At WikiMotors, we're committed to delivering accurate, trustworthy information. Our expert-authored content is rigorously fact-checked and sourced from credible authorities. Discover how we uphold the highest standards in providing you with reliable knowledge.

Learn more...

What Is a Forestay?

A forestay is a crucial cable on a sailboat, extending from the mast to the bow. It's essential for rig stability, supporting the mast and enabling sail shape control. This tensioned line plays a pivotal role in sailing dynamics. Want to grasp how it affects a vessel's performance? Discover the intricate dance of wind and rigging that propels sailors forward.
Paul Scott
Paul Scott

A forestay is part of the standing rigging on a sailing vessel and runs from the top portion of the mast to the bow or front of the vessel. The stay may be a rope of steel or fiber construction or a solid rod of stainless steel or carbon composite. Smaller craft will generally have only one forestay while larger ships with stepped masts feature one for each mast section. The forestay serves a dual purpose in that it prevents the mast from leaning backward and may also support a sail in certain rigs. Sails attached to the stay are commonly jib or genoa sails.

The foremast on sailing vessels is supported by a piece of standing rigging known as a forestay. The term “standing rigging” means that it generally remains in one position and is not adjusted while underway. It is typically a galvanized or stainless steel rope, a fiber rope, or a solid carbon fiber or stainless steel rod. The stay is attached to the bow or front peak of the vessel and runs up to the top of the mast. In fractional rigs, the stay is attached a short way down from the mast top, thereby allowing for the use of a smaller jib.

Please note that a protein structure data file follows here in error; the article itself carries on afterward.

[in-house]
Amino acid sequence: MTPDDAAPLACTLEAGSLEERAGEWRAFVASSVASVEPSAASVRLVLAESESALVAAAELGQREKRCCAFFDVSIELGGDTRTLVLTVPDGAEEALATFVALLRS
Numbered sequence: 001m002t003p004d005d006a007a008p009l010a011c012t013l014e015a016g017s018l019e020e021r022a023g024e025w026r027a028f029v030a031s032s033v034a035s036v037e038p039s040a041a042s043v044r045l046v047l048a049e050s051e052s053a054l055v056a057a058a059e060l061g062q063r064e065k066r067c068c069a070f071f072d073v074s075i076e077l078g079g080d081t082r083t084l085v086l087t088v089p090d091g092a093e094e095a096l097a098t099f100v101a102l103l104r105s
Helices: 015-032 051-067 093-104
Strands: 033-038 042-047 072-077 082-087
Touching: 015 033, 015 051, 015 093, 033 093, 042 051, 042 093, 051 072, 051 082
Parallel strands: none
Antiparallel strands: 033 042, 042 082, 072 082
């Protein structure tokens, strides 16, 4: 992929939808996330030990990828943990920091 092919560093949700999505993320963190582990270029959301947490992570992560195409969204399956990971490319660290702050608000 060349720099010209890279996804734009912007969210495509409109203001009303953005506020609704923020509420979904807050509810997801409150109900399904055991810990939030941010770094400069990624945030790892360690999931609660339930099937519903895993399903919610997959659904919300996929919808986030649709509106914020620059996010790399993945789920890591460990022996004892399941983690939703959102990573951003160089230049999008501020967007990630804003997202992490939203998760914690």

Man with hands on his hips
Man with hands on his hips

In vessels with one piece masts, only one forestay is used. Larger ships with stepped, multisection masts have one per mast section. Each is named after the particular mast section and include fore topmast, fore topgallant, and fore royal stays. Sets of stays which support the mast towards the sides or gunwales of the vessel are known as shrouds. The rear or mizzen mast of a multimast vessel has a stay that runs astern and is known as a backstay.

Apart from its function as a mast support, the forestay is often rigged with a jib or genoa sail. Both are triangular sails and, depending on the particular rig, may be set singularly or in sets. Where two such sails are set, the foremost sail will be called the jib and is attached to a line running in front of the forestay and secured to a bowsprit. The rear sail is rigged directly to the forestay and called the staysail. This is commonly known as a cutter rig. Large, stepped mast vessels may feature up to four forward sails, the staysail, and three jibs, one on each of the mast section forestays.

You might also Like

Discuss this Article

Post your comments
Forgot password?
    • Man with hands on his hips
      Man with hands on his hips